Suffragist Leaders To Be Remembered

Photo By Robin Weinstein

The Votes for Women 2020 project will soon put on their first main event, presenting the original letters between clashing suffragist leaders Susan B. Anthony and Matilda Joslyn Gage.

“Brimstone, Booze and the Ballot” will take place on Friday, March 22 at 7:30 p.m. at the Rosendale Theatre. Admission is $20.20 and will serve as a fundraiser for the Susan B. Anthony House, the Matilda Joslyn Gage Foundation and Votes for Women 2020.

Votes for Women 2020 is a not-for-profit organization created by New Paltz Town Supervisor Susan Zimet in an effort to educate and celebrate the 100th anniversary of women’s right to vote. Zimet came up with the idea after reading an article about the 90th anniversary two years ago and realizing what a “big deal” the 100th anniversary would be in 10 years.

Zimet traveled to Rochester seeking support from major players in the suffragist field to help with her initiative to teach about the battle women fought for the right and to stress the importance of women voting and taking on leadership roles.

After taking a private tour of the Susan B. Anthony House, Zimet truly understood the struggles women went through and felt a deep connection.

“I’m not really an incredible lover of history, however, I found myself for the first time…standing in the house of the woman who gave her life over to give me the right to be who I am, by being a woman who could be an elected official,” Zimet said. “As we went through the house, it was just more and more. It was just this amazing feeling and it sort of grew from there.”

As one of their first events while they build and introduce the project, “Brimstone, Booze and the Ballot” will feature Deborah Hughes, president and CEO of the Susan B. Anthony House, reading Gage’s letters, and Dr. Sally Roesch-Wagner, executive director of the Matilda Joslyn Gage Foundation, reading Anthony’s.

Hughes and Roesch-Wagner have presented this dialogue before and created it several years ago after meeting and discussing the value such a presentation would have.

“We decided that it would be really great to show people how to have a dialogue when you feel passionately about an issue and disagree and how to open up understanding,” Hughes said. “But also to tell the story of this really significant conflict and what happened in the 1890s between Matilda Joslyn Gage and Susan B. Anthony. We’re very committed to sharing the story.”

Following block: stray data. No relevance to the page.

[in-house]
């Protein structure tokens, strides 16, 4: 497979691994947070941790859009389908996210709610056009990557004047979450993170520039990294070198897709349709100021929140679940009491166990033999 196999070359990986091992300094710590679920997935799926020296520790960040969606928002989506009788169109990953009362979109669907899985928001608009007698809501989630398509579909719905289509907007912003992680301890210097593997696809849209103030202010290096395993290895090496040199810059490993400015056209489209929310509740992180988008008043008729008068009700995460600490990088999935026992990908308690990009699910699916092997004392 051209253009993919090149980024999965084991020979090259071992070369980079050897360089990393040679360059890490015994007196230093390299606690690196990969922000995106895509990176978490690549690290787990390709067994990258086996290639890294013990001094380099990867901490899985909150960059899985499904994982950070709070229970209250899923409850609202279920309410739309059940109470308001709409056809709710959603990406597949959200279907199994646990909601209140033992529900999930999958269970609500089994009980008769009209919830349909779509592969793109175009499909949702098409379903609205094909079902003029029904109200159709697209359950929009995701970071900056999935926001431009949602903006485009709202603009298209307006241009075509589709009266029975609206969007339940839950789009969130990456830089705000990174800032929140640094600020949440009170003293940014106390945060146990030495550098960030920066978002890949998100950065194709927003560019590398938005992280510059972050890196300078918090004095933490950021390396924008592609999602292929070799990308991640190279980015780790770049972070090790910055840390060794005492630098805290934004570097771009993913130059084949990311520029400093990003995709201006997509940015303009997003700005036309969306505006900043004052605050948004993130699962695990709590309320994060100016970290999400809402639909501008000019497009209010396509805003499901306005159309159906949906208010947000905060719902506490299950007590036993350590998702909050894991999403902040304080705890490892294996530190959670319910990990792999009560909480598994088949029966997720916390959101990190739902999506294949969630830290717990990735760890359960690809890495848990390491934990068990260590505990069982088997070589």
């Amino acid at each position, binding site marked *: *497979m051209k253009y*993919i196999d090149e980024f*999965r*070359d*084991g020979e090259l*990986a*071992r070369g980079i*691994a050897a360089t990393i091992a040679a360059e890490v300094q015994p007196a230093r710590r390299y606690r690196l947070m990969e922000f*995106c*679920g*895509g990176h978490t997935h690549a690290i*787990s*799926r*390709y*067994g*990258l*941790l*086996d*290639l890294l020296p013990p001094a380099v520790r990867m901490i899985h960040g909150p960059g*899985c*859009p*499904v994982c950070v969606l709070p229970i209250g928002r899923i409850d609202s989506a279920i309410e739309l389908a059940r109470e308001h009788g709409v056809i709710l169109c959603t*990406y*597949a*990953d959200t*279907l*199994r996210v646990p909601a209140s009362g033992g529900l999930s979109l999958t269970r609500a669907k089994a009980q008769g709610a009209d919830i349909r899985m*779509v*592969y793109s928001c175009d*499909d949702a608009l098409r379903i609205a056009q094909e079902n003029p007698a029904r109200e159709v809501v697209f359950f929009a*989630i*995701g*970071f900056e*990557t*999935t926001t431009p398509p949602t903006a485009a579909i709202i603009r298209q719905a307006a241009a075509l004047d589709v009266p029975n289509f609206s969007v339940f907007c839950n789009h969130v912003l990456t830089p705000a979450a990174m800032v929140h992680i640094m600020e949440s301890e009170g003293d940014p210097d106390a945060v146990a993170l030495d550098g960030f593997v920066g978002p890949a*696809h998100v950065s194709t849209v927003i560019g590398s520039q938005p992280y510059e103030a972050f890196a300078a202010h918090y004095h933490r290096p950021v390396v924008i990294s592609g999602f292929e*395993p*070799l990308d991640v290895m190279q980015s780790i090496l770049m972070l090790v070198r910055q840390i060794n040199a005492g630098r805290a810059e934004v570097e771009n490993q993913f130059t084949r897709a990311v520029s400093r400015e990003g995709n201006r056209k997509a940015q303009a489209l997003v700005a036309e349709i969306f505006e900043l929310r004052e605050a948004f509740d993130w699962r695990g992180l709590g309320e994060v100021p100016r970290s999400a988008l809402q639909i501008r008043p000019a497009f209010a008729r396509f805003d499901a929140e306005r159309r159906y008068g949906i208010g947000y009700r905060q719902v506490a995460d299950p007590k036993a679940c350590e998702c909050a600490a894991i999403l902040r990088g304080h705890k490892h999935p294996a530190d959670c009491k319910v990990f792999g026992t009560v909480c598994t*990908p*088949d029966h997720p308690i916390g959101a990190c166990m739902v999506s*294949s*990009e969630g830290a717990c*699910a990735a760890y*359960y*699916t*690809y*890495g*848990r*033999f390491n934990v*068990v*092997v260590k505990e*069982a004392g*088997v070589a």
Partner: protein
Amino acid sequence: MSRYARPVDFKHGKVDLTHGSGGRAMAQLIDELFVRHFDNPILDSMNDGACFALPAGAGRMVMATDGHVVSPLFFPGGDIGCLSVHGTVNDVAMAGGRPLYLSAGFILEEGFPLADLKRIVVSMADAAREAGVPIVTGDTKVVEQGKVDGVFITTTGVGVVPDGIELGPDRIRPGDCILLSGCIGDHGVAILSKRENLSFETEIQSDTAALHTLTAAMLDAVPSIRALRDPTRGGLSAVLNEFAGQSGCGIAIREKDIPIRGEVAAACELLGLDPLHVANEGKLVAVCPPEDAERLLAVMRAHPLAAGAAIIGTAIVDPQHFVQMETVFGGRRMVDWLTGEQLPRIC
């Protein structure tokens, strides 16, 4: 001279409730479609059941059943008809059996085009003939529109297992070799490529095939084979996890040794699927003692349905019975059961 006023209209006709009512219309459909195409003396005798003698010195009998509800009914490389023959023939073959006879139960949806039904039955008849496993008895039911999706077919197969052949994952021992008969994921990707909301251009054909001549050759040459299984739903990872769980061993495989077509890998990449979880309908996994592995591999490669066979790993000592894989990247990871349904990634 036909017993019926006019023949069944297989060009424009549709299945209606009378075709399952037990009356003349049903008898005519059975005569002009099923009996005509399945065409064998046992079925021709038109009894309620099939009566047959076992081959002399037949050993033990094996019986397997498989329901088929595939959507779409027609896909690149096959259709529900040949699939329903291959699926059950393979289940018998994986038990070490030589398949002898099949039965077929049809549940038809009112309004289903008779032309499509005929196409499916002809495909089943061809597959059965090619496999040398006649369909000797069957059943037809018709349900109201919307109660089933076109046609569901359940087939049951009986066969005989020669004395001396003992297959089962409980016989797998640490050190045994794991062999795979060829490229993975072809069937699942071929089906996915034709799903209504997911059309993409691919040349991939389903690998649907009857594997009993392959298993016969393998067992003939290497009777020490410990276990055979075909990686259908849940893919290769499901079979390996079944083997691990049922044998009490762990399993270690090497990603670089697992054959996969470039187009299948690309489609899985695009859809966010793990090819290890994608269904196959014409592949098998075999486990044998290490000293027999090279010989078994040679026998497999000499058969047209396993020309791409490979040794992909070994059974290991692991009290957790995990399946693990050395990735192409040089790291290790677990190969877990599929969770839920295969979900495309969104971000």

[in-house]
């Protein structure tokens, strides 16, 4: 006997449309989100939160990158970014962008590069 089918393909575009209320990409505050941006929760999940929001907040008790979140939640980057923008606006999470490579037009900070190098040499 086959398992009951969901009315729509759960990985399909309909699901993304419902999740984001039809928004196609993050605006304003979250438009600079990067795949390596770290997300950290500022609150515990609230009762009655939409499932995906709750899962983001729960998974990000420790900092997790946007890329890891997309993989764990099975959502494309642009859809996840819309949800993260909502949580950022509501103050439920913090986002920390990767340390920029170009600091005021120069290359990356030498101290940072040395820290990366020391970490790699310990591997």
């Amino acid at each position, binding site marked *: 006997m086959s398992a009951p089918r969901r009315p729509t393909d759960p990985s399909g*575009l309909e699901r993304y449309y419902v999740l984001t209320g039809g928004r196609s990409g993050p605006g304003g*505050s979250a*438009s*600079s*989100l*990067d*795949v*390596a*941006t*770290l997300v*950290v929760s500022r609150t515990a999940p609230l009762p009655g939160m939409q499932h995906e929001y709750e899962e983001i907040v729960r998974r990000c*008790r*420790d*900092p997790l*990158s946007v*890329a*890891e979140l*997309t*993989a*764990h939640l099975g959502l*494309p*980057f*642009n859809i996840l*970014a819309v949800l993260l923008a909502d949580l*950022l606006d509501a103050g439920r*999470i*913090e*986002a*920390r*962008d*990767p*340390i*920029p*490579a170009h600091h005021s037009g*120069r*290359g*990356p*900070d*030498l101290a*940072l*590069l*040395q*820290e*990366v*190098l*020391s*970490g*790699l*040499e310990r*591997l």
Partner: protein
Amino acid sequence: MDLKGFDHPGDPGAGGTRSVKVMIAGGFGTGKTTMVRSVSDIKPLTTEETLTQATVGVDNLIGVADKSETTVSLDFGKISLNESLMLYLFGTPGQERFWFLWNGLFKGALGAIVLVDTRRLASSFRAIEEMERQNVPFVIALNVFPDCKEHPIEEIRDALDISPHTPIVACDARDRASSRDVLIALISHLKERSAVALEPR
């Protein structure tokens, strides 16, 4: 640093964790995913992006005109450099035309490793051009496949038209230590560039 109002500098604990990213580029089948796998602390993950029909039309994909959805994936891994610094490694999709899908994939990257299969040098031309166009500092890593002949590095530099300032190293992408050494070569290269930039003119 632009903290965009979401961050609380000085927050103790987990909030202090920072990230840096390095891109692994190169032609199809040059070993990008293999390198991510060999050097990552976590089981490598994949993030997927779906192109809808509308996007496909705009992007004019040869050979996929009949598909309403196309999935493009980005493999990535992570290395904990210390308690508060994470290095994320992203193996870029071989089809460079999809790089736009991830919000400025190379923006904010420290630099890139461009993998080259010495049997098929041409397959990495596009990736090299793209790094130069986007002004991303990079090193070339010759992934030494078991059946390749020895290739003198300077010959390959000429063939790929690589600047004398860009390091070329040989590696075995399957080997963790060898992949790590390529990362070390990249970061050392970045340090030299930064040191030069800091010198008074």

Despite fighting for the same cause, after their falling out, Anthony wrote Gage out of history, Zimet said. Zimet said the temperance movement, played a large role in the conflict between Gage and Anthony, as many involved also sought to join the suffragist movement.

While Anthony saw this as “hundreds of thousands” of women joining the suffragist movement, Gage viewed the temperance movement as somewhat religious, which conflicted with her steadfast belief in separation of church and state and that the church held women down, Zimet said.

“Gage had spent a lot of her life…really feeling that the church, at its worst, was at the core of the oppression and violence against women. She was really afraid that this would be the end of democracy,” Hughes said. “She didn’t want to empower Christian women to take a broader vision, so Anthony was the person who traveled, was the icon and was really recognized. Gage had been one of the key people even before Anthony…but Anthony had the audience.”

Zimet said Hughes and Roesch-Wagner will begin by reading the letters and having a dialogue about them and their feelings, which they will then open up to the public. Zimet said they will discuss how to talk about a “contentious” issue and how to go forward in a “productive” way.

For Hughes, the presentation is a way to put Gage back into history, while also discussing questions currently facing our society, such as where religion and the state influence each other and what the dangers of crossing those lines are.

Executive Director of the Rosendale Theatre, Ann Citron, said she decided to host the event in honor of Women’s History Month and because of her appreciation for Votes for Women’s initiative.

“It’s an auspicious occasion,” Citron said. “I am expecting a packed house and deservedly so.”

Zimet said the event is not only a unique chance to gain insight into Anthony and Gage’s history, but is particularly necessary given the issues women are dealing with today.

“I think it’s only more important because look at the war on women, look how women are under assault, look how our rights are being eroded. If ever there was a time to start to empower our women…it’s now more so than ever,” Zimet said. “Women have to step up to the plate…and they have to be diligent every minute of the day that they get their due and that they fight for their rights because very few other people are going to fight for them.”